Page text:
My mind wandered back to JRH Moorman. DK was wrong. It was a compelling and depressing tale. The cavalcade of English Church History -- invasions, regicides, burnings-at-the-stake, dangerous bigotries and all manner of intrigue -- was far from boring. It was, in fact, quite harrowing. It helped me put the Current Unpleasantness into a long perspective -- and not a very pretty perspective. Outraged mobs had once burned and vandalized churches that used candles, and mixed water and wine in the Eucharist ! Altar Guild must have been more exciting back in those days.

And now I was in the Land of Andy Griffiths Theology, with a pack of Young Men Buddhist monks as some sort of personal metaphysical cautionary tale. Had DK -- in whose eyes I am "The Churchlady" -- planned it this way ?

Later, I ventured over to the chapel -- a rustic, wooden building with a square tower. The door was open. Strains of Muzak drifted out into the clear, mountain air, a cheerful, pious tune with guitars and drums. Pat Boone I thought. I ventured in.

There was a huge poster of an American flag, folded into a commemorative triangle. The Country part of God-and-Country. Between a wall covered with cute, tchotchke crosses and another with cute, tchotchke angels was a wide, bright altar area with several massive open Bibles. The rows of padded chairs were nearly empty. I wandered toward the back of the church where, on a long shelf, were piles of devotional literature. Most from Dobson's Focus on the Family.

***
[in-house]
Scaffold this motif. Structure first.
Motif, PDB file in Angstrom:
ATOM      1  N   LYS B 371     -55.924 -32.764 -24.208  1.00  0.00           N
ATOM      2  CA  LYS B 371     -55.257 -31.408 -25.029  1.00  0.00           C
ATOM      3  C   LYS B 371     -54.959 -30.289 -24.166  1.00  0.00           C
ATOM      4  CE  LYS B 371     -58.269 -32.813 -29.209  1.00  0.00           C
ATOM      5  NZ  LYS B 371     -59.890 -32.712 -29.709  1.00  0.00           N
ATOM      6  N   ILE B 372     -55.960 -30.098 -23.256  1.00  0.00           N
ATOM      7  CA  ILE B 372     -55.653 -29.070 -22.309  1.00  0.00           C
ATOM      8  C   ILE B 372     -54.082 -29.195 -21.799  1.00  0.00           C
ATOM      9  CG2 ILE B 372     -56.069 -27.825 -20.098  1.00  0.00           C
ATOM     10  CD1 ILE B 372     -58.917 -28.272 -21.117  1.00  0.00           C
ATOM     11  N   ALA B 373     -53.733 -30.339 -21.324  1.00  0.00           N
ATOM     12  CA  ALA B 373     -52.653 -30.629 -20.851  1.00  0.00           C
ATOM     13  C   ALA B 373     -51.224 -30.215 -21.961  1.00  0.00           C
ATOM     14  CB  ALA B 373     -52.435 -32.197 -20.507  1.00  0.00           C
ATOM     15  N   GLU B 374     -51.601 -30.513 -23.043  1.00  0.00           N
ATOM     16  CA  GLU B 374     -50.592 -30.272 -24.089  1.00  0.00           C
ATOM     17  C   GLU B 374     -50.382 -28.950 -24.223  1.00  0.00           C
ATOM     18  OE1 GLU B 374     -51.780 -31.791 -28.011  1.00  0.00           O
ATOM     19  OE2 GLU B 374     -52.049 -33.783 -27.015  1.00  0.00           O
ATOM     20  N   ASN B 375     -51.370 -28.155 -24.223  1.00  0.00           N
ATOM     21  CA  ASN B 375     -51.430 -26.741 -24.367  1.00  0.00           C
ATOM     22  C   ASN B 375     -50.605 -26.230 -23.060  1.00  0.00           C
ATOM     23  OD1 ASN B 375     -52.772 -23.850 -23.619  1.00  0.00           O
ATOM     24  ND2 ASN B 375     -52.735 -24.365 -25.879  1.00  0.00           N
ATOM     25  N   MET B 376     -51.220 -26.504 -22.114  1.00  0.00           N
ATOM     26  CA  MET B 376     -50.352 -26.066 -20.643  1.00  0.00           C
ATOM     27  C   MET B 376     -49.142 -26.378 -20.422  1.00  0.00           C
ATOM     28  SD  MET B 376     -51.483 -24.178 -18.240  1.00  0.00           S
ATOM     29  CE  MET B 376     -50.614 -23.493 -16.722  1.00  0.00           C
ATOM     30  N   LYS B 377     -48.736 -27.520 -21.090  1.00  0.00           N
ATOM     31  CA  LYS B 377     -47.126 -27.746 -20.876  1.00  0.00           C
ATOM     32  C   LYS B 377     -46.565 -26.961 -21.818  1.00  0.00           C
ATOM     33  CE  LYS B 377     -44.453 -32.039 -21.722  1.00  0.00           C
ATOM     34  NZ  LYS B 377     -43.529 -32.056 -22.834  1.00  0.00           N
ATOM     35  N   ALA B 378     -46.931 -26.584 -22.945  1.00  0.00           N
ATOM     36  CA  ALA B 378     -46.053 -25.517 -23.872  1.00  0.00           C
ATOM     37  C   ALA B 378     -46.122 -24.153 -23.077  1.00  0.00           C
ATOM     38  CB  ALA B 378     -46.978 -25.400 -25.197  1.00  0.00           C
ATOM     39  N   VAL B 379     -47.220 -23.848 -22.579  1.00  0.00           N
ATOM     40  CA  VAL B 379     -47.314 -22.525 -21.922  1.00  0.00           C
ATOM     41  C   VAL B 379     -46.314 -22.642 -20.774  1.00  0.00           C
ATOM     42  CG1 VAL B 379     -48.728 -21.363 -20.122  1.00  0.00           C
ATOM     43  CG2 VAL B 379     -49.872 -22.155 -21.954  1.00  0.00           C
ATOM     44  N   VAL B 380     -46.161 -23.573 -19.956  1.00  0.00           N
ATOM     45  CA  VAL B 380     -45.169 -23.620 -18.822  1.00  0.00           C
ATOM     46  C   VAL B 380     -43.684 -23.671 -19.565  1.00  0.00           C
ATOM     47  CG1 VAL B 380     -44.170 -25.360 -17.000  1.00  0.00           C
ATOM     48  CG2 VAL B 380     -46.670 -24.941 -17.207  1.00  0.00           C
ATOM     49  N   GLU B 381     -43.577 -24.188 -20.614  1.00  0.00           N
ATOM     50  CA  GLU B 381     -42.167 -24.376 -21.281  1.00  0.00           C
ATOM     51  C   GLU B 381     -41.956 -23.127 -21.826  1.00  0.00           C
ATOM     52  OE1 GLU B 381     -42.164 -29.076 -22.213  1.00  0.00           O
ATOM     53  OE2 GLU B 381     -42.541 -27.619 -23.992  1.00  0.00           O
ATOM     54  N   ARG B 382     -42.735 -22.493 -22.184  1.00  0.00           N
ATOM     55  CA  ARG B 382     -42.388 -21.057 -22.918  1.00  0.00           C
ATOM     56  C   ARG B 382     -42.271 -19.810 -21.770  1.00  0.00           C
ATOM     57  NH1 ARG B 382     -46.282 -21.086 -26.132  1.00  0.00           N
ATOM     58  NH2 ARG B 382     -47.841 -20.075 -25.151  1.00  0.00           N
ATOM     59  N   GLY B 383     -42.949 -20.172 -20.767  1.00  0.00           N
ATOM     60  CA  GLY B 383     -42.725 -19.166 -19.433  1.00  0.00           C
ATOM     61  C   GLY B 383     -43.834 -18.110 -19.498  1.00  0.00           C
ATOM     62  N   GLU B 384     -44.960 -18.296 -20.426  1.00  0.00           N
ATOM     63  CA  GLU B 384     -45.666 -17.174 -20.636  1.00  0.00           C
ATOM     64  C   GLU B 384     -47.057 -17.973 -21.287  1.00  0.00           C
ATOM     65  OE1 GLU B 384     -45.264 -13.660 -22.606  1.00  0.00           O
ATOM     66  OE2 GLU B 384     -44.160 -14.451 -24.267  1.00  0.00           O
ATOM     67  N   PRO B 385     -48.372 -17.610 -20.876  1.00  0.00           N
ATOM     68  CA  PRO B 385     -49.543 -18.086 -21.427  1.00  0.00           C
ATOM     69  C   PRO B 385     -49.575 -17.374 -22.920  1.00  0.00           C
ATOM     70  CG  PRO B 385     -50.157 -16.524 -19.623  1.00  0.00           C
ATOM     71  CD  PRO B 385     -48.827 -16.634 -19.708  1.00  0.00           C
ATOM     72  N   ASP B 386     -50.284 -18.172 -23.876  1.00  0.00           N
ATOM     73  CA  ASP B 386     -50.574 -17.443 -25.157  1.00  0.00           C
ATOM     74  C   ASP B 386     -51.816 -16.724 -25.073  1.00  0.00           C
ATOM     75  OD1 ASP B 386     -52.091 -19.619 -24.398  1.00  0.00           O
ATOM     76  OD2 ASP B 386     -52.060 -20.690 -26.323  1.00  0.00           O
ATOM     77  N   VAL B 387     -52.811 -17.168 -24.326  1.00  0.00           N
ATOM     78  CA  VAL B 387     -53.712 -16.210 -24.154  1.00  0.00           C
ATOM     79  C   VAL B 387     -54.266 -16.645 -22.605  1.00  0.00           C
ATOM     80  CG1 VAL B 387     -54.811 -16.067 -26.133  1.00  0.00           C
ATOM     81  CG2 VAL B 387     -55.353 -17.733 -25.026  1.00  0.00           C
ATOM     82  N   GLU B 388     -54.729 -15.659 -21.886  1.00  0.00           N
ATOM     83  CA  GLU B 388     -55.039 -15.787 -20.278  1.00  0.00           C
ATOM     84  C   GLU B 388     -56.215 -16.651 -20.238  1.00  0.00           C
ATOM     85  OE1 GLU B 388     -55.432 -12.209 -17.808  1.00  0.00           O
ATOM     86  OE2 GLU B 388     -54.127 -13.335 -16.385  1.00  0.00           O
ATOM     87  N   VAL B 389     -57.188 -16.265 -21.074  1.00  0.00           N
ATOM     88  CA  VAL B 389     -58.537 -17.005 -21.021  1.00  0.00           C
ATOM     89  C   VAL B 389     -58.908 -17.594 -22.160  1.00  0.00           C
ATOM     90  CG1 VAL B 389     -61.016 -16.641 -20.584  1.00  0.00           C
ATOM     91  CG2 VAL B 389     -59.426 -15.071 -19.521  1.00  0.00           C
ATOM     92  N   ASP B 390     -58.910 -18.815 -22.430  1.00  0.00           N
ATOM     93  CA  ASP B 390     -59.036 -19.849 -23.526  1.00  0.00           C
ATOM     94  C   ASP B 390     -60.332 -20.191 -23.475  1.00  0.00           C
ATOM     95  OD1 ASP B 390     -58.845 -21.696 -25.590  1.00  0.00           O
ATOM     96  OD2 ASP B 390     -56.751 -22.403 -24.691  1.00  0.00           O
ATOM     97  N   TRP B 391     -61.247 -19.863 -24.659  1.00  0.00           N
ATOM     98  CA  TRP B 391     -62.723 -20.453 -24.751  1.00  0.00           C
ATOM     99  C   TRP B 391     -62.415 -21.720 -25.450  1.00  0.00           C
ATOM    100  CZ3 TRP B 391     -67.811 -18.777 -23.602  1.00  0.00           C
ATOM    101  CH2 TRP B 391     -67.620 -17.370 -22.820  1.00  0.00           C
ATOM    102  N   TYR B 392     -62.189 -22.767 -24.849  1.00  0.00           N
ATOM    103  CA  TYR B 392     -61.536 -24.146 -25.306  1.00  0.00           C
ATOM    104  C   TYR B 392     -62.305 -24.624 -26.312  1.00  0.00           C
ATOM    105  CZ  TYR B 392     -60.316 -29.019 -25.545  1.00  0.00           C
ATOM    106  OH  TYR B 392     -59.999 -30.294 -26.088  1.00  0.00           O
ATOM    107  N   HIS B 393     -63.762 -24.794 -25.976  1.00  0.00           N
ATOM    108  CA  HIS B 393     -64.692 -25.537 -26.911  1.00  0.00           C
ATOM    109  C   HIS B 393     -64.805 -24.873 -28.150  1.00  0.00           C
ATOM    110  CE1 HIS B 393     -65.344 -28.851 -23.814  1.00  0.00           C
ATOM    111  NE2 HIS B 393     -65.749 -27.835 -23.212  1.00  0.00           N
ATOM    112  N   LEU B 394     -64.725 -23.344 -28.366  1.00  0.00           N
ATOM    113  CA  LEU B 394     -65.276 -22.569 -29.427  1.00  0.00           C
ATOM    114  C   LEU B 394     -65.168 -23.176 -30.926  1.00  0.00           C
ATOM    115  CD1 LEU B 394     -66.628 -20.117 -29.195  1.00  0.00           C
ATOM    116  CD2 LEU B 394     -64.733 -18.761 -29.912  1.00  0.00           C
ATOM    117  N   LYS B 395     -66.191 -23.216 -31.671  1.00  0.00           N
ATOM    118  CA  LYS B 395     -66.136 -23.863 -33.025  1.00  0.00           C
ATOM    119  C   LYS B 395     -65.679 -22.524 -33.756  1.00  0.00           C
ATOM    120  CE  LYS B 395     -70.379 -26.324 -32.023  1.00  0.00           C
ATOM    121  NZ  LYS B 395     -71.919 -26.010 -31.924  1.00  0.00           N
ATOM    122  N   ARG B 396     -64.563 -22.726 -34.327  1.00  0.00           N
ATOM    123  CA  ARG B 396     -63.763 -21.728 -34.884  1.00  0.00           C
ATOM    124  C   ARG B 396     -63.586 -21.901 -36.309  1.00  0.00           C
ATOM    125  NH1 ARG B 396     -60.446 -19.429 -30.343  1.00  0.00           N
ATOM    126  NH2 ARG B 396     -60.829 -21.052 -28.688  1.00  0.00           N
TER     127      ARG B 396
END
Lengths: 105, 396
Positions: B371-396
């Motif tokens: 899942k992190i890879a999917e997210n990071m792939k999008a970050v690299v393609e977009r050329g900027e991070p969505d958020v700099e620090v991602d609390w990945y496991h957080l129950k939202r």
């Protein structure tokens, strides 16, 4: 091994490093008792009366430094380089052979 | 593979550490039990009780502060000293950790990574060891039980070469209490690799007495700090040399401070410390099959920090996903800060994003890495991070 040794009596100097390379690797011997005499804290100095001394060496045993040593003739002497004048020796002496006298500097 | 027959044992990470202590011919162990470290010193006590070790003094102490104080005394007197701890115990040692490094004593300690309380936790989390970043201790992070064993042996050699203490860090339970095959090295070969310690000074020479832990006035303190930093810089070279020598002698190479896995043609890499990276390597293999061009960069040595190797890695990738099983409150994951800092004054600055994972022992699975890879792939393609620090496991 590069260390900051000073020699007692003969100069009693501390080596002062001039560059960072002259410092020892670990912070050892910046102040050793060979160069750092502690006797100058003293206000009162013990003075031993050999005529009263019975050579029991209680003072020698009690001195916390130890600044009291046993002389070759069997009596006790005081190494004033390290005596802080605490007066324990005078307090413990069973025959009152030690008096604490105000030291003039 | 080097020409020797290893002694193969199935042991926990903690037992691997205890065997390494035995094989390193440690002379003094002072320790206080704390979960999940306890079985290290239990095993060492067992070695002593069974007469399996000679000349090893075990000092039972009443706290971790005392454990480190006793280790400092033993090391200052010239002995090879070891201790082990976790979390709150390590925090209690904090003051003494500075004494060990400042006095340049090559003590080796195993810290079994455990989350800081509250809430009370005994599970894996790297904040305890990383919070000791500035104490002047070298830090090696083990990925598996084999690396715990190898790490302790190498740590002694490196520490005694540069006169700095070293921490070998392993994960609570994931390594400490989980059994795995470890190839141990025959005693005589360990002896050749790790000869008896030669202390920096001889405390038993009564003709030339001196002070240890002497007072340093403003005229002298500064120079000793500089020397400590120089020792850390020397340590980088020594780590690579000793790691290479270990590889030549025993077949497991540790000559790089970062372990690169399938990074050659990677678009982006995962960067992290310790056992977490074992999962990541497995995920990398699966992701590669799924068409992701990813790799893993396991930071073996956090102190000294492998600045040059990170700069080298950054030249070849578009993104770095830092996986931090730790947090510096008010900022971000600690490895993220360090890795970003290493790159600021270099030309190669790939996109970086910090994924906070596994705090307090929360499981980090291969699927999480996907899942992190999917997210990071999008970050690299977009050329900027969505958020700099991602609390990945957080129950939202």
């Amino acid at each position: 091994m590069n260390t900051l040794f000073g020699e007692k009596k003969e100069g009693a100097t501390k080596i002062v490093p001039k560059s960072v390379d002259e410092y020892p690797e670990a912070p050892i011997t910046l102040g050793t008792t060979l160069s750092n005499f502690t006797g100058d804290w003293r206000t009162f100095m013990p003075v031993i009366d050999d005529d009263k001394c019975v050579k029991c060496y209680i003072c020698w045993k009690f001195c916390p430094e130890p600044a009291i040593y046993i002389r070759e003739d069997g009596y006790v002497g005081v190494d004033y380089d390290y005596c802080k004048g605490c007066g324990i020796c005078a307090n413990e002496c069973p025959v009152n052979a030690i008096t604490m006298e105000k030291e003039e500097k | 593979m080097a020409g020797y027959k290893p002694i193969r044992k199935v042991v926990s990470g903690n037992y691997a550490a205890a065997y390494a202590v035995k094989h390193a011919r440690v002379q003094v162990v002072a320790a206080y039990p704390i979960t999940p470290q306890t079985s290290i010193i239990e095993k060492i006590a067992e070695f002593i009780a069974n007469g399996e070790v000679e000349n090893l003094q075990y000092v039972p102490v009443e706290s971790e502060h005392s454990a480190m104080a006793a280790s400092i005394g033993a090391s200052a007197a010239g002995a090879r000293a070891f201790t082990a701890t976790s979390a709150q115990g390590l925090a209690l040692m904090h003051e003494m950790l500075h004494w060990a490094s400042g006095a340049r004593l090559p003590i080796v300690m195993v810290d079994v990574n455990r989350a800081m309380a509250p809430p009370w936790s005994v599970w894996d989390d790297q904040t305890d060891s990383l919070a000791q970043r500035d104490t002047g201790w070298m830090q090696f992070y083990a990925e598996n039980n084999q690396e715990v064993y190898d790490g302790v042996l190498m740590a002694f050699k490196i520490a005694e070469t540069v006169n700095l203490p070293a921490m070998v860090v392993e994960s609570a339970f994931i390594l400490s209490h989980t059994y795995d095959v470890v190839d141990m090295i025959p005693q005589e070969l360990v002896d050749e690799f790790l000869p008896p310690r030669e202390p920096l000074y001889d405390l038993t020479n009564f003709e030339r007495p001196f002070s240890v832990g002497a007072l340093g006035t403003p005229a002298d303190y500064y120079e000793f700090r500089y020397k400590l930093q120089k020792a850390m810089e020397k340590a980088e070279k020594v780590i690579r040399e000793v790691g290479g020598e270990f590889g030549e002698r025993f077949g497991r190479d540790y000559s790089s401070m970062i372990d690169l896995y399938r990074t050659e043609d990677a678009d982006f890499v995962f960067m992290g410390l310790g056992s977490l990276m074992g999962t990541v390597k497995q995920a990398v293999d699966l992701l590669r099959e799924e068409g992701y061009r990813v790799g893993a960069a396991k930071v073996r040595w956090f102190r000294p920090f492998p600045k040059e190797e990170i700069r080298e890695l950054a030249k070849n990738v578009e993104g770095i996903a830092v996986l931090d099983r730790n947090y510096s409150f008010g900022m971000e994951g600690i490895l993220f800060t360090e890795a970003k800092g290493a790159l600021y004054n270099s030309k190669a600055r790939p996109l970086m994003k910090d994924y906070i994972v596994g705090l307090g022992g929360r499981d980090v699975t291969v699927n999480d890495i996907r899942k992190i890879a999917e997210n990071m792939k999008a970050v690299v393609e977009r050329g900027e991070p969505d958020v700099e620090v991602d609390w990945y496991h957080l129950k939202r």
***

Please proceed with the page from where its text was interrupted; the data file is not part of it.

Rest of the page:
So, in the spirit of the History of the Church in England, I burned them.

Well, no, actually, I didn't.

But, for some reason, from that moment on, the image of the Simpsons' famous Gay Steel Mill kept occurring to me, like a sinister leitmotif. Da-da-DA DAAAHH-- da da da da DUM ! Especially after, in Commanche's glossy, dog-eared copy of "The History of the YMCA Camp," I'd found the chapter on "Muscular Christianity" with its black and white, turn of the century photo of a pack of buff Young Man Christians in white sleeveless undershirts and white knickers.

"My mind's," as Robert Lowell wrote, "not right."

It was, ecclesiology notwithstanding, a lovely trip. I did manage, by fits and starts, to transcend the dental. After spending the second night on the equally debilitating Ozzie-and-Harrietesque twin beds in Commanche's second bedroom, we persuaded the Young Christian men to give us a new double mattress which was marginally better. Despite my hypochondriacal fears, I did not, after all, go into High Altitude pulmonary edema and need to be air lifted out of the Y camp.